Thank you to NetGalley and Montlake Romance for the ARC in exchange for an honest review. I appreciate it, as always!
I fell in love with Loreth Anne White’s writing when I read A Dark Lure. It was so unbelievably atmospheric and sensual and raw and terrifying. I read it – captivated – wishing only for more.
In the Barren Ground is a bit of a departure, in that it’s mostly mystery and there is barely any romance or sex. It’s as if White is pulling an Iris Johansen, and pulling out of writing romance altogether, to which I say – please don’t. I know that romance gets a bit of a bad rap, but the genre has a TON of loyal and devoted fans. And Loreth, you write fantastic romance. For real. A Dark Lure was very, very powerful and part of that was because of the build up of the romantic relationship between the two leads.
With that said, In the Barren Ground was very, very good. It has all of the taut suspense I’ve come to expect from White, as well as the compelling mystery that I couldn’t untwist for the life of me until the last second. Even then, there were still elements that left me breathless – it was definitely a page-turner.
There are some aspects of the novel that made me cringe. For one thing, the heroine has a hang up about sex, and seems to think she’d be a slutty slut for going to bed with the hero. Far be it for me to object to a woman feeling badly about herself for a natural human need, but come on now. It’s 2016. Can we move on?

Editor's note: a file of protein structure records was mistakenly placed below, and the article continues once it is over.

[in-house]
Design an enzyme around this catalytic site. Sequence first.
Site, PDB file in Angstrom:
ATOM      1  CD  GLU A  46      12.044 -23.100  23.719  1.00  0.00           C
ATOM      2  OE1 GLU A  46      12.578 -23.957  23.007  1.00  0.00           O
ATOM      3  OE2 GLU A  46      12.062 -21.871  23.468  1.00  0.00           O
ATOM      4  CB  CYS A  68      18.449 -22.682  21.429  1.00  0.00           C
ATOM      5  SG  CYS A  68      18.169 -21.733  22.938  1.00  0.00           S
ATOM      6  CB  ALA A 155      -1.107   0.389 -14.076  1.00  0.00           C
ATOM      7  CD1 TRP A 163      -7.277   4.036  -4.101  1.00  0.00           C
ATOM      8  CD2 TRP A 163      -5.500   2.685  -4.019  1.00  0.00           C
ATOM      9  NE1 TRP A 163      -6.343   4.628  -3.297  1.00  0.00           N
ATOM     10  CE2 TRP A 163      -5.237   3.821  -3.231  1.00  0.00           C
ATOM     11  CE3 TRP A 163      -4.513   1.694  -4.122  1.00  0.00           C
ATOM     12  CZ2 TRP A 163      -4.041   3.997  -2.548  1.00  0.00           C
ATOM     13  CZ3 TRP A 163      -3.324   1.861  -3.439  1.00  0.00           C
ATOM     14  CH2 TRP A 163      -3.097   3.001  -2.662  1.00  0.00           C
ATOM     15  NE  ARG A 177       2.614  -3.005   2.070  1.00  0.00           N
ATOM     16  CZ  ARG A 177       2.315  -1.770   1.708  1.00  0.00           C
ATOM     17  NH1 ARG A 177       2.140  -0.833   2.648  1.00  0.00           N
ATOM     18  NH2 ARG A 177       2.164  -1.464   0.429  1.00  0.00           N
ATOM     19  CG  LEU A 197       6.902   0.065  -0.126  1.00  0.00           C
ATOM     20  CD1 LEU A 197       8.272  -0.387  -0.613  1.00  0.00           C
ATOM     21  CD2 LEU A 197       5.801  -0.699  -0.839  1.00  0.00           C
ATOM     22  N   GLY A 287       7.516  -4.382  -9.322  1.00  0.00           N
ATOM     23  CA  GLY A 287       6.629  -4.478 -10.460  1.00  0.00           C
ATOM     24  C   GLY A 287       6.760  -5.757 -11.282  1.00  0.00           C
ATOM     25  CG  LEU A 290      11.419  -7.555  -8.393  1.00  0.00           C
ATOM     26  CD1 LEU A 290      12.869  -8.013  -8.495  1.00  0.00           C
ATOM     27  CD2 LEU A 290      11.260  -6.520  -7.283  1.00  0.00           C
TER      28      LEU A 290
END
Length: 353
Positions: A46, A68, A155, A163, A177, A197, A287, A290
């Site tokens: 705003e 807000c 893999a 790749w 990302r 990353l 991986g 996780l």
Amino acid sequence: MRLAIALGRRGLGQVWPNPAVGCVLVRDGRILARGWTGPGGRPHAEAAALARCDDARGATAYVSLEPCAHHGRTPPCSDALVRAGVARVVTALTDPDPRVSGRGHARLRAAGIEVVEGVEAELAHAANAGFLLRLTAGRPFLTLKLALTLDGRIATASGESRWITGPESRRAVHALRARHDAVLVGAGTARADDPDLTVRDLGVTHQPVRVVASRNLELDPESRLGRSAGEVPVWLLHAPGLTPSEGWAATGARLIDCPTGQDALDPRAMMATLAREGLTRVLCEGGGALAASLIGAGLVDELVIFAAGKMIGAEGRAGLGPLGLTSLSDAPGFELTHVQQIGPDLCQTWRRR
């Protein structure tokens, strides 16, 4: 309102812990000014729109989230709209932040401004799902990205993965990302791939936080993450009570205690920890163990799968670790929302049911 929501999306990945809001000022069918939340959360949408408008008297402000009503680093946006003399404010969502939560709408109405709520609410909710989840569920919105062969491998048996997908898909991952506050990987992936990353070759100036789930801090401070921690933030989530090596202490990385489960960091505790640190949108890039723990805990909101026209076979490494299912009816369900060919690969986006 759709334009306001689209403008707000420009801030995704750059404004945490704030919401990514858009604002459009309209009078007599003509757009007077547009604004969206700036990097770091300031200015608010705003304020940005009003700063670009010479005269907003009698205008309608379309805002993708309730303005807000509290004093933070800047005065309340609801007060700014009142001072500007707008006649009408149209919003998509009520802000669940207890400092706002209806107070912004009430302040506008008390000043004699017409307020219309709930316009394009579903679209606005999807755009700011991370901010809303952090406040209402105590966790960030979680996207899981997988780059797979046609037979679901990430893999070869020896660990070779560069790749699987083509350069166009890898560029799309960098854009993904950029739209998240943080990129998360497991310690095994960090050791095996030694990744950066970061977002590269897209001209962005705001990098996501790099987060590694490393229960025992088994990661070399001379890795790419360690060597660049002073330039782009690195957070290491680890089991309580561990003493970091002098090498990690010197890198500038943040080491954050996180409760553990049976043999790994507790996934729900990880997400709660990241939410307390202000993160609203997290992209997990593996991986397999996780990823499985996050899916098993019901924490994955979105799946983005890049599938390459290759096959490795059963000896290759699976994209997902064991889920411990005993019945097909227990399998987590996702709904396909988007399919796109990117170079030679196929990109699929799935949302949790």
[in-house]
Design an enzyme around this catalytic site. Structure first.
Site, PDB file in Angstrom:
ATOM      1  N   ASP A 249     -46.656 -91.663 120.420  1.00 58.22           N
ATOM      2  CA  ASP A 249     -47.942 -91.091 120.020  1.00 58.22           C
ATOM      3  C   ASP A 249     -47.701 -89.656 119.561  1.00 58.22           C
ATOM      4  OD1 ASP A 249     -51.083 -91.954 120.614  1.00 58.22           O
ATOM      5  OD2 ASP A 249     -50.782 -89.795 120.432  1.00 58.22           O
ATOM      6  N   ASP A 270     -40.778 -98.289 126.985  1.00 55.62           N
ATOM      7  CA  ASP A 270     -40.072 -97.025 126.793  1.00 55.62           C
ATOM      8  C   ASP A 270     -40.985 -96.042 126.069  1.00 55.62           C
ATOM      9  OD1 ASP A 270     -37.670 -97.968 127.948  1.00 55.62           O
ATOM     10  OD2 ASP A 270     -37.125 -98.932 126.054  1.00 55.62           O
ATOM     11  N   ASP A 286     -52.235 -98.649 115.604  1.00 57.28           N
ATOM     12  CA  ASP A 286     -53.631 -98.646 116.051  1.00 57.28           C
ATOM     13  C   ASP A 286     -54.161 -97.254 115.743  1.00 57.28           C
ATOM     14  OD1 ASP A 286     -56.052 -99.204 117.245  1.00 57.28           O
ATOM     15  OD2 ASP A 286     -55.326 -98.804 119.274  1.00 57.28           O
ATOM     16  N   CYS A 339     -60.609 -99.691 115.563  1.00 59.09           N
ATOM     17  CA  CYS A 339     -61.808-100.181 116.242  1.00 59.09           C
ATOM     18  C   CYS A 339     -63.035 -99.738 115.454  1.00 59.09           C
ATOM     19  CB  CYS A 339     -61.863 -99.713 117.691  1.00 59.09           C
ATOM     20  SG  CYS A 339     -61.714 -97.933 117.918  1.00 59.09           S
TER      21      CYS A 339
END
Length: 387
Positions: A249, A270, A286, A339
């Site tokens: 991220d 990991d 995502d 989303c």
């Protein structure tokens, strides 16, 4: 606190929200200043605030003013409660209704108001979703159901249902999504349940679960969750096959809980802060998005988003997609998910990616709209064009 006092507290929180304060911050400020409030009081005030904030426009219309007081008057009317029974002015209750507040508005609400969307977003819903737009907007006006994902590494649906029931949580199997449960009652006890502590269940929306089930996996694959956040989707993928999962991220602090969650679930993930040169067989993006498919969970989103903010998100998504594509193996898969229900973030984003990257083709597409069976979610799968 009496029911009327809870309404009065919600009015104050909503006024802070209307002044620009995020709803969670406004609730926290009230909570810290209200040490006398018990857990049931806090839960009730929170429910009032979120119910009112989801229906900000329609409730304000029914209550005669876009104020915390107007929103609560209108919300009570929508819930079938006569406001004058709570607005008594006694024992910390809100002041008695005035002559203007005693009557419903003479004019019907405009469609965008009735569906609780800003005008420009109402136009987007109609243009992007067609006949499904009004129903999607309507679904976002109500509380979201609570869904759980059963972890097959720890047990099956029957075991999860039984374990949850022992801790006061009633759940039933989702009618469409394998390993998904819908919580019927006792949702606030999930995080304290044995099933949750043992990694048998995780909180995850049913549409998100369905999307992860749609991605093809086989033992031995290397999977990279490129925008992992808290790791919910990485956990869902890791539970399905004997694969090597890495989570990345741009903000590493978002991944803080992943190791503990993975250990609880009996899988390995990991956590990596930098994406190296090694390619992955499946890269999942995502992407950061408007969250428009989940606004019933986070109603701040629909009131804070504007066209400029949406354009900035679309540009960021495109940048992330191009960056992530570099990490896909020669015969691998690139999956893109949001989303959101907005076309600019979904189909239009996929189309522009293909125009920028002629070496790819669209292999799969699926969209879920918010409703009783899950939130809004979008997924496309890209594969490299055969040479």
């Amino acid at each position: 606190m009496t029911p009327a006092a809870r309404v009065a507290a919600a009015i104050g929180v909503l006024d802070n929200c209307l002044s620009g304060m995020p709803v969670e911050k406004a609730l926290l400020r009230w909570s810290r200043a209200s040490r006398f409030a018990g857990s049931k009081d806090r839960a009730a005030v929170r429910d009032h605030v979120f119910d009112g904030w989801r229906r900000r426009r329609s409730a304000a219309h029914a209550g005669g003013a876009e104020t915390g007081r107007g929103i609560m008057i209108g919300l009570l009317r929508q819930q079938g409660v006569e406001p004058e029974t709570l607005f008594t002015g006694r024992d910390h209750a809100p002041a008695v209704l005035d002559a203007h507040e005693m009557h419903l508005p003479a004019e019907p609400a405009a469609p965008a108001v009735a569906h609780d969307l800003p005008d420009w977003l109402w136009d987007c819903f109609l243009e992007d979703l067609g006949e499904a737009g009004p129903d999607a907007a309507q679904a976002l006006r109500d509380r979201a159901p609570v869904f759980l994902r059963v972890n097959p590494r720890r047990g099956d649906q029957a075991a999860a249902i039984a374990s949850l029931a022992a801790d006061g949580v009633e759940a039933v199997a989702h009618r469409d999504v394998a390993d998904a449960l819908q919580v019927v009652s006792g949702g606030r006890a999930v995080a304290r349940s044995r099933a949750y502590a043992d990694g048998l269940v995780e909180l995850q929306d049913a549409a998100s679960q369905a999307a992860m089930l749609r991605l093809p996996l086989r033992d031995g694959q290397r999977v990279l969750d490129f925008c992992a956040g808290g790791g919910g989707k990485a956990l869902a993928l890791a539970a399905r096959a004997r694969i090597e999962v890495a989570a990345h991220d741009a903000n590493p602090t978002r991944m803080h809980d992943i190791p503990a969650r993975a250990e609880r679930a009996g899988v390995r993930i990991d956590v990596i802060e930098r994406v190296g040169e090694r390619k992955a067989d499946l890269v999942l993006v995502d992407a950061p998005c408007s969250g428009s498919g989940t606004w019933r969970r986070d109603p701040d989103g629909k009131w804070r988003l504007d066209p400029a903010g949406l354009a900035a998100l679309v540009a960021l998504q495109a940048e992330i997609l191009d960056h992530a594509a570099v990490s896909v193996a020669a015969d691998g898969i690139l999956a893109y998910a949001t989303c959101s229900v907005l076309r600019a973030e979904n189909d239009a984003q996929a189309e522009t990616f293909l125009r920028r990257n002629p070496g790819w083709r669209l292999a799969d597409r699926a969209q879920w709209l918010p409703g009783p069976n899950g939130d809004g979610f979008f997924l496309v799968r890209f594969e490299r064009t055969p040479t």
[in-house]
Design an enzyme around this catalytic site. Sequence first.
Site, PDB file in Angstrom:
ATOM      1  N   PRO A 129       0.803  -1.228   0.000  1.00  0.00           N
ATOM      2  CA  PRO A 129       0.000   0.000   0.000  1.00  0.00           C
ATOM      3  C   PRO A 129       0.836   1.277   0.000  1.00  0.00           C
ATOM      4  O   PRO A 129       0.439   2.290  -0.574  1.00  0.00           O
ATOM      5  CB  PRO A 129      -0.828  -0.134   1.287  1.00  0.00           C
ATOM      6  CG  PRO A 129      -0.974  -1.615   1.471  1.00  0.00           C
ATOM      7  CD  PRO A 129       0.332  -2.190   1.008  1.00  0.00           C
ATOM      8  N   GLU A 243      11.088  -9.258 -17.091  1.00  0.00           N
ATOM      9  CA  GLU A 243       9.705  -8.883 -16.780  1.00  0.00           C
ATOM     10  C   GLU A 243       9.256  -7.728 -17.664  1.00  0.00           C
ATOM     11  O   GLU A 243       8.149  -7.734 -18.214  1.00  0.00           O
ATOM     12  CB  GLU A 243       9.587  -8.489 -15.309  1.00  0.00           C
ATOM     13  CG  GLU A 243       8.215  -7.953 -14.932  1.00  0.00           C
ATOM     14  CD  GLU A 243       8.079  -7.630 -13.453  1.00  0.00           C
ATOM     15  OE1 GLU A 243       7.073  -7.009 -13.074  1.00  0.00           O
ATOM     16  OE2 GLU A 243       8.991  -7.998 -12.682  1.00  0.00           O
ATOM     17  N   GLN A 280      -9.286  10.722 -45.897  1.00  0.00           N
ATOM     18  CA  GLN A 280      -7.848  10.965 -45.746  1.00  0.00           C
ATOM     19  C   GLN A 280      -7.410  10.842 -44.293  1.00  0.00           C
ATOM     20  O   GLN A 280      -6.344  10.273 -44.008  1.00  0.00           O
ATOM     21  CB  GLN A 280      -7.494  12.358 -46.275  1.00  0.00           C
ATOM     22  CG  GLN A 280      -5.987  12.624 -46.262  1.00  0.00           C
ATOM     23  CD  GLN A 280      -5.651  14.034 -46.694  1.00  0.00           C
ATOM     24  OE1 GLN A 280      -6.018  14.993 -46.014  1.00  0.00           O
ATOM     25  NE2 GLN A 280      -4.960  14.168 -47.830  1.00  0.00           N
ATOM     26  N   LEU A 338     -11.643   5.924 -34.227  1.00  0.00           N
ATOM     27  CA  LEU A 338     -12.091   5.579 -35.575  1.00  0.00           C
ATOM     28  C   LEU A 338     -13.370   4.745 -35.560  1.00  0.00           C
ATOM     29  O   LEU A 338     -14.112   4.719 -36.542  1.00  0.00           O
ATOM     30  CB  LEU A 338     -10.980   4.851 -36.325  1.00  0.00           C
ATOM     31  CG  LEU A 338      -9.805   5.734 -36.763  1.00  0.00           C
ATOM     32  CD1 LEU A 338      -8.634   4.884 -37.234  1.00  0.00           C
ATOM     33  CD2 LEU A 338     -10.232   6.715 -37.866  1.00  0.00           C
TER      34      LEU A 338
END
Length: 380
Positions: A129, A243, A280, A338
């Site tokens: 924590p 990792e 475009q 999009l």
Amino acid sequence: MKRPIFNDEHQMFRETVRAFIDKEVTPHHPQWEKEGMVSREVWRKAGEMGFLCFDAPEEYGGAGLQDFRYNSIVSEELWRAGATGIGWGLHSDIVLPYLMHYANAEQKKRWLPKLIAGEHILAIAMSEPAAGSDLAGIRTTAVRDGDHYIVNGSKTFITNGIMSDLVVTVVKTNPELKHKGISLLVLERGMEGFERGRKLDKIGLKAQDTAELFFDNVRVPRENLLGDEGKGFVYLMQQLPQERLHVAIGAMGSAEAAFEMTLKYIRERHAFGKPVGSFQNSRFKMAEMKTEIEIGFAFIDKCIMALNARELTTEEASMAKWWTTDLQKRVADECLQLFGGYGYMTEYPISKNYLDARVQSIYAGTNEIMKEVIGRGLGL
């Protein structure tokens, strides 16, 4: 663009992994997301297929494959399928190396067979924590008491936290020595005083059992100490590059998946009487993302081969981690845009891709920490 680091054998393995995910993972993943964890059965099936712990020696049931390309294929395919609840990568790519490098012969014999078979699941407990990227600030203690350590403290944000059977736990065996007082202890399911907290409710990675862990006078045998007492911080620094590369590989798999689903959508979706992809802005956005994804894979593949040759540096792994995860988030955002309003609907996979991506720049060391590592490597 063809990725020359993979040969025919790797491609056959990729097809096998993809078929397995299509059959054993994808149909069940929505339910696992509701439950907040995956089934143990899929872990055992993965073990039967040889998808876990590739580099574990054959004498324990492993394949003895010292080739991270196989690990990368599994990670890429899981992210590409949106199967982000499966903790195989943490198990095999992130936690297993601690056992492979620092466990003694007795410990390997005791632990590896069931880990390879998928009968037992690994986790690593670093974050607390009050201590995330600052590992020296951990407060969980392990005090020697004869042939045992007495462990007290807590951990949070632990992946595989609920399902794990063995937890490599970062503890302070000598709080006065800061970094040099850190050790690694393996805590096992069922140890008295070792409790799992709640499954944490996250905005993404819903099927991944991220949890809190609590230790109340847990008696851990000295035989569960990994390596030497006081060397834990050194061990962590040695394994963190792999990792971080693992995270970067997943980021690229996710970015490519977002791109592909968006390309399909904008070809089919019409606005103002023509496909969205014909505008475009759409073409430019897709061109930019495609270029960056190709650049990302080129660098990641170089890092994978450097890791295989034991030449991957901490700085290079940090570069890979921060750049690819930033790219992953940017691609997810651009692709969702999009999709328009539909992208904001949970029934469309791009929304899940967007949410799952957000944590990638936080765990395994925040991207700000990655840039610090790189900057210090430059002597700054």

Secondly, the hero is a bit problematic. Not saying he’s not appealing in a certain sense, but I didn’t buy his journey so much. I wanted to, no doubt. But his transition from scoundrel to good guy didn’t have a ring of Han Solo about it. It felt like White was directing the action, rather than the characters. Which brings me back to the lack of sex and romance. This novel would have benefited hugely from both.
But back to the good stuff. White’s sense of place is ridiculously good. One of my pet peeves is not feeling I *know* where the characters are. You’ll never have that issue in White’s novels. I was there with Tana and Crash, in the snow, in the neverending cold, in with the howling wind and the barren grounds. There was something almost gothic about the atmosphere – intentionally so – and it was beautiful and breathtaking.
All in all, this was an unputdownable read. My quibbles about romance / sex are personal preferences that of course not everyone will share I just hope that in future, White can marry the two again with her mystery, because THAT is a gorgeous thing to behold.